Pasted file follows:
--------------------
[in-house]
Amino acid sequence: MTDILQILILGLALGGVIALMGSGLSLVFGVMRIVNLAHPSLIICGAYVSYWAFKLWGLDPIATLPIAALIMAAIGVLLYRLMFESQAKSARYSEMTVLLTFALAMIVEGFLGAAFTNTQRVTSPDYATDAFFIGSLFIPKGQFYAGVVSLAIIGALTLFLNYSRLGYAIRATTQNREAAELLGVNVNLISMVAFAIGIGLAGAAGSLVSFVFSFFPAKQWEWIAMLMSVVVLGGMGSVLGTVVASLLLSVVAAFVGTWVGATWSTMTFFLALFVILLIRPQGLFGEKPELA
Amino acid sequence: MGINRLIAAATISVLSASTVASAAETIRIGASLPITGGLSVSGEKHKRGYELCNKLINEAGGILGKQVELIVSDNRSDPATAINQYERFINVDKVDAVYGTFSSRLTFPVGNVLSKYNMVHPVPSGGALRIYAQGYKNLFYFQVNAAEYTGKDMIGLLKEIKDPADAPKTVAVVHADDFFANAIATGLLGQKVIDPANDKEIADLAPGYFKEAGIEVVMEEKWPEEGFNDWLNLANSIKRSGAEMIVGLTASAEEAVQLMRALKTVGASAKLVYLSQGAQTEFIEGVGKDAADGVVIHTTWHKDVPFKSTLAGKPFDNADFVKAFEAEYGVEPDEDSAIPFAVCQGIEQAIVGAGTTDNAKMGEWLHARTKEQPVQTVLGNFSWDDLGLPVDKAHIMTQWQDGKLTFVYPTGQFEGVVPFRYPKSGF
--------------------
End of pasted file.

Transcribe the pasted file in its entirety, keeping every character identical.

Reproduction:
[in-house]
Amino acid sequence: MTDILQILILGLALGGVIALMGSGLSLVFGVMRIVNLAHPSLIICGAYVSYWAFKLWGLDPIATLPIAALIMAAIGVLLYRLMFESQAKSARYSEMTVLLTFALAMIVEGFLGAAFTNTQRVTSPDYATDAFFIGSLFIPKGQFYAGVVSLAIIGALTLFLNYSRLGYAIRATTQNREAAELLGVNVNLISMVAFAIGIGLAGAAGSLVSFVFSFFPAKQWEWIAMLMSVVVLGGMGSVLGTVVASLLLSVVAAFVGTWVGATWSTMTFFLALFVILLIRPQGLFGEKPELA
Amino acid sequence: MGINRLIAAATISVLSASTVASAAETIRIGASLPITGGLSVSGEKHKRGYELCNKLINEAGGILGKQVELIVSDNRSDPATAINQYERFINVDKVDAVYGTFSSRLTFPVGNVLSKYNMVHPVPSGGALRIYAQGYKNLFYFQVNAAEYTGKDMIGLLKEIKDPADAPKTVAVVHADDFFANAIATGLLGQKVIDPANDKEIADLAPGYFKEAGIEVVMEEKWPEEGFNDWLNLANSIKRSGAEMIVGLTASAEEAVQLMRALKTVGASAKLVYLSQGAQTEFIEGVGKDAADGVVIHTTWHKDVPFKSTLAGKPFDNADFVKAFEAEYGVEPDEDSAIPFAVCQGIEQAIVGAGTTDNAKMGEWLHARTKEQPVQTVLGNFSWDDLGLPVDKAHIMTQWQDGKLTFVYPTGQFEGVVPFRYPKSGF